Saturday morning I met up with the Live by Living crowd: 7 volunteers and 5 participants (nice odds!)  I’d realized the night before that my body wasn’t going to let me hike that day.  Even walking across the Safeway parking lot left me winded.  There was no way a 4 mile hike with 1300 foot climb was in the cards.  So, two of the volunteers and I dropped the rest at the trailhead then drove up a tricky and steep dirt road to the hut.

Uncle Bud's Hut

Uncle Bud’s Hut

The 10th Mountain huts are a series of huts on federal land that are open to the public.  Our hut, Uncle Bud’s, situated at the top of a meadow, provides about a 180 degree view which is dominated by Mount Massive to the south.  Inside, there’s a kitchen, dining area, woodstove, lots of seating, and sleeping for around 20 upstairs.  To the side of the cabin are the outhouses, with windows.  That’s right.  Even the bathrooms have a great view.

Mount Massive

Mount Massive

Saturday was spent waiting for the rest of the group to arrive, getting to know the volunteers and participants, exploring the cabin and immediate area, and, most of all, enjoying the views, the sun, the fresh air.  The volunteers cooked dinner – pasta with chicken and vegetables, a couple of different salads, and, of course, cake to finish.  We spent the evening around a campfire outside.

Ready for the hike

Ready for the hike

On Sunday, I woke up feeling good and ready to hike.  After breakfast, we strapped on our packs and headed up the mountain.  It was slow going for me; both the thin air and my previous breathing issues made it necessary for me to stop every hundred feet or so.  But we made it to our goal of the treeline, and spent a while just enjoying the views.  During the hike, we got some rain – a pleasure for me, since California has been so dry.  Plus, I got to pull out my wet weather gear for a change!   That evening, we held a guided meditation under the stars and nearly full moon.  We followed this up with time spent talking, enjoying the moonlit vistas, and drinking hot tea.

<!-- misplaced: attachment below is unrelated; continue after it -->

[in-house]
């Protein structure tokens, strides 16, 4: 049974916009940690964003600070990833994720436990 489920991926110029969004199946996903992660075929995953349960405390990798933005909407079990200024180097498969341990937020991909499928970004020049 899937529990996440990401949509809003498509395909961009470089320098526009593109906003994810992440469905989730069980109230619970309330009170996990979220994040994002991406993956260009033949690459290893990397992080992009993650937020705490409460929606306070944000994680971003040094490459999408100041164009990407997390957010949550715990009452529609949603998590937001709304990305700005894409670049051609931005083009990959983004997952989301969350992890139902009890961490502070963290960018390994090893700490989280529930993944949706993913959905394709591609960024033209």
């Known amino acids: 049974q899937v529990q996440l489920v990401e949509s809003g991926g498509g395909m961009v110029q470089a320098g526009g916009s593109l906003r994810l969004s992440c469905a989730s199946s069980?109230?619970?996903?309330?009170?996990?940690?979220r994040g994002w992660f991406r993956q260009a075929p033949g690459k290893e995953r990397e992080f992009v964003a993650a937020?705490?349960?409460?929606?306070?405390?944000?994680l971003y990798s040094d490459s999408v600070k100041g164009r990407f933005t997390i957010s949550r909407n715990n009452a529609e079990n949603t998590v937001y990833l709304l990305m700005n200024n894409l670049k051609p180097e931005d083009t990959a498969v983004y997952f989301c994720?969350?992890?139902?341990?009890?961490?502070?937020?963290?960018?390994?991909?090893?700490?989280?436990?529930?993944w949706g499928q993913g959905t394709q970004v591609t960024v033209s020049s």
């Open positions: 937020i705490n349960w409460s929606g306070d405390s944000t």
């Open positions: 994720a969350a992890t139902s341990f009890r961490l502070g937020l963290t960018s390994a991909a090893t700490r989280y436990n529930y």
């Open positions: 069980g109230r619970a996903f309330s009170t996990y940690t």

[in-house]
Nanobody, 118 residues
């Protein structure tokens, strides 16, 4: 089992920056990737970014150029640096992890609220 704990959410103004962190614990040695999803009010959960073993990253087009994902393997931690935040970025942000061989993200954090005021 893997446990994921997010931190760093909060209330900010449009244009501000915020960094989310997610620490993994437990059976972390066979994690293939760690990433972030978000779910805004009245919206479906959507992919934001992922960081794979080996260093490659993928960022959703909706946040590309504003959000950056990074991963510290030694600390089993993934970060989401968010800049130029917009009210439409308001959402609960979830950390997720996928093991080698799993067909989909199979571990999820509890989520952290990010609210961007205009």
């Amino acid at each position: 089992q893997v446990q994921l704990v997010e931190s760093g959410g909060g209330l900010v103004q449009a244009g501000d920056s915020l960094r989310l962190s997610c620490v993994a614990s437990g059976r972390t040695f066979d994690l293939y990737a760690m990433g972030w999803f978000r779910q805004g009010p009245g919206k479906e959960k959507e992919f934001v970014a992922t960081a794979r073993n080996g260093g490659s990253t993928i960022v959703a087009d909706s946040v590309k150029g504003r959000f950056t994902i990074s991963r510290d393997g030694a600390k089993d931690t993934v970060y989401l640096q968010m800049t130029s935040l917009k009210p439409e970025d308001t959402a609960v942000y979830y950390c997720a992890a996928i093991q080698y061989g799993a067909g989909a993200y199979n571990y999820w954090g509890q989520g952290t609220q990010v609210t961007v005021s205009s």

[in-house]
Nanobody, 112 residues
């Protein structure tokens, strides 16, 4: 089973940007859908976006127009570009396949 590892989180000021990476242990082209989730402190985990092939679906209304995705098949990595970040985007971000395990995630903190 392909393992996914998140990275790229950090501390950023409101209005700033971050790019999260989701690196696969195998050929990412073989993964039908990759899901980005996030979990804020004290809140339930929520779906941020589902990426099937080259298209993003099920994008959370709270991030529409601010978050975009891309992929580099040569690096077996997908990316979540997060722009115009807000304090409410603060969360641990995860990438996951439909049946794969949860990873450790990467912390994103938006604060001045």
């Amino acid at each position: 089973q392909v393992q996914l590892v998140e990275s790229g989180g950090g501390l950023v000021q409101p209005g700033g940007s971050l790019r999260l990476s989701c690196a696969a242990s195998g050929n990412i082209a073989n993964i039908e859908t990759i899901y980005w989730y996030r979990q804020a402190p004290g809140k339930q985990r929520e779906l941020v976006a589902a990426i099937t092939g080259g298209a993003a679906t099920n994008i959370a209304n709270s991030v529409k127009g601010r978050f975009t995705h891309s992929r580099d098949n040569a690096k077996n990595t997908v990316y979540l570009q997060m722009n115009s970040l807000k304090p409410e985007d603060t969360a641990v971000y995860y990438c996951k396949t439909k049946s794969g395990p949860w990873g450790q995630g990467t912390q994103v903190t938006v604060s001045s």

On the trail

On the trail

While the setting was fantastic, what made this retreat truly special were the volunteers.  Their attentiveness and anticipation of our needs was extraordinary.  I felt completely pampered – quite a feat in a cabin with pit toilets and no running water!  The volunteers cooked delicious and healthy meals, plied us with water, tea, coffee, and gave us all emotional support during our hikes.

I can’t say that this retreat changed my life, but it did give me a few days of peace, pampering, and relaxation.  being up in the mountains forced us all to turn of civilization for a while.  to look at the horizon instead of our hand held devices.  To interact with nature and each other.

I plan to go again next year!


Live by Living provides transformative outdoor experiences for cancer survivors and their caregivers.  They offer several retreats in the Rockies each summer, as well as day hikes in the Denver area year round.  You can donate to Live by Living on their website.


Late Tuesday night I got home from my Live by Living trip to Colorado.  I’ll write more on that later, when I’ve been able to process all my thoughts and feelings about it.  For now, I can just say that it was an amazing, wonderful trip.

Coming home, I feel like I’ve been dropped in this strangely foreign world once more, and have to readjust.  I haven’t had time to sit back and reflect as I’d like.  Instead, my days have been filled with carting the kids to school, volunteering in the middle school library,and running around to various appointments.  (You know, all the normal day to day things for the parent of tweens and teens.)  I’m writing this post quickly so that I can make it to an appointment across the bay in Palo Alto later this morning.